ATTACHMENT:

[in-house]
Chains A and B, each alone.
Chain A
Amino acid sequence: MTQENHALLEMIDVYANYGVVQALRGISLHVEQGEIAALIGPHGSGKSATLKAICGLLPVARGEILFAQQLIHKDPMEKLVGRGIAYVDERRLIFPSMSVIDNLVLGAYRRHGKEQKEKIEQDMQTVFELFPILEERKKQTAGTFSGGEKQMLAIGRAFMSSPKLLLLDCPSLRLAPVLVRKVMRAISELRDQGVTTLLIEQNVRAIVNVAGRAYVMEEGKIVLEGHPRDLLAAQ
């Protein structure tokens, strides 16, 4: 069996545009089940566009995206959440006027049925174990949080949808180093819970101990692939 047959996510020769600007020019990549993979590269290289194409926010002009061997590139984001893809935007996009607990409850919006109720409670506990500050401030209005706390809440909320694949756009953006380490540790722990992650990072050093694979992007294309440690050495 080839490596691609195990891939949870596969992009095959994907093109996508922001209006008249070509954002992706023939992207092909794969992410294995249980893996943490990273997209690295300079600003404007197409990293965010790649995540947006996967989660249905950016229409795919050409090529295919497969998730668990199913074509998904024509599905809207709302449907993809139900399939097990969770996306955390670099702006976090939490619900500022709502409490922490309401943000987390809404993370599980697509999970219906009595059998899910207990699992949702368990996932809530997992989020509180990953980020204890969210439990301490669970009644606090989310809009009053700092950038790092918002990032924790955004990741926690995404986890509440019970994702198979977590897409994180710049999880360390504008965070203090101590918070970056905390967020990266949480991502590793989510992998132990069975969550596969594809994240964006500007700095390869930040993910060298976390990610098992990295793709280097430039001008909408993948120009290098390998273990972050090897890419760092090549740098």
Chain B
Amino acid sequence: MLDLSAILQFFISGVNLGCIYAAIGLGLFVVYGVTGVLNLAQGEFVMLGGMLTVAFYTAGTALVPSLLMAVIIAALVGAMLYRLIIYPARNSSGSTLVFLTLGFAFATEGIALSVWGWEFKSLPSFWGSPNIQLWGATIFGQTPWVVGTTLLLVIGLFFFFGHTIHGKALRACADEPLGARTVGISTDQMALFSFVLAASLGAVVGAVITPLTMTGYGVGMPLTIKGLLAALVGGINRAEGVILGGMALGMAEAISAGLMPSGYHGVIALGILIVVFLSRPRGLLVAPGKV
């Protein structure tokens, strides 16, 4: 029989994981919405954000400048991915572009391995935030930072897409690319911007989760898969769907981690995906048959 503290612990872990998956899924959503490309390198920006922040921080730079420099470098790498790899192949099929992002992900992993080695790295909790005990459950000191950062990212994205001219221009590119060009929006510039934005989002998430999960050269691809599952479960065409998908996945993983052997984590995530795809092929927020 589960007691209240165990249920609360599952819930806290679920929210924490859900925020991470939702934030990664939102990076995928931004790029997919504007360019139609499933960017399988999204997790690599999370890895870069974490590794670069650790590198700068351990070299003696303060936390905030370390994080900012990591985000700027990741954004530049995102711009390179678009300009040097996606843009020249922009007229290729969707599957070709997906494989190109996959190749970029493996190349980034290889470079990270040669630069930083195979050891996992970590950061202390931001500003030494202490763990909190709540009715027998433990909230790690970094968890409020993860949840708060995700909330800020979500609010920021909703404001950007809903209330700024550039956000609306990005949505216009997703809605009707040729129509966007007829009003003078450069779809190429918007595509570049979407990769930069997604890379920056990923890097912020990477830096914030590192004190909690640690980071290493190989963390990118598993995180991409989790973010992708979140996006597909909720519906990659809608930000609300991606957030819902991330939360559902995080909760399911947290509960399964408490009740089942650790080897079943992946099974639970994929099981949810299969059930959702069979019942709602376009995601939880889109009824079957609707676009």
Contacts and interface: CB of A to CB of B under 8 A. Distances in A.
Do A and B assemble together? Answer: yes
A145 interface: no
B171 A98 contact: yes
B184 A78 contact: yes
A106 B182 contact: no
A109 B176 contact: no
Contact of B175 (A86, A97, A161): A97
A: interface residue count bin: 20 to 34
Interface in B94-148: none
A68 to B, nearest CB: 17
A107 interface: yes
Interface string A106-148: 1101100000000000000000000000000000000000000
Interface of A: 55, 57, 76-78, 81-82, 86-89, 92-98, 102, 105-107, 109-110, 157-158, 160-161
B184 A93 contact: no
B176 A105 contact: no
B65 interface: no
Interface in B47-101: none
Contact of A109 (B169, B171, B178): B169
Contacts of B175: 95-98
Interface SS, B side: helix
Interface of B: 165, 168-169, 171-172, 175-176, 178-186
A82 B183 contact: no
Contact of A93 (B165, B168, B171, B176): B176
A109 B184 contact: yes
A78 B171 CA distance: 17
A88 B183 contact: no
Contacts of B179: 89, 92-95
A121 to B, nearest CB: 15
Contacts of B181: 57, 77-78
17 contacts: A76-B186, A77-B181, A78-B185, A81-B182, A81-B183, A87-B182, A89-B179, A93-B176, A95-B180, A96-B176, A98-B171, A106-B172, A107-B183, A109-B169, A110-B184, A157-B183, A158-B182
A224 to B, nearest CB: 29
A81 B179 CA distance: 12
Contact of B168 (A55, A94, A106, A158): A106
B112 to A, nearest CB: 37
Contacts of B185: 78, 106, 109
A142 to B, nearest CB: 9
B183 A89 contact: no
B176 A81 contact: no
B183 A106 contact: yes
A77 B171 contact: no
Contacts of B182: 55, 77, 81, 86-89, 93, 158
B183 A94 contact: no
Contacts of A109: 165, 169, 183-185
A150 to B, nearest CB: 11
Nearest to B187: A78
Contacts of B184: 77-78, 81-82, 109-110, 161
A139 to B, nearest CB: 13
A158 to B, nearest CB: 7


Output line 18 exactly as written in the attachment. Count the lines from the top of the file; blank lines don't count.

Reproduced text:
Interface in B94-148: none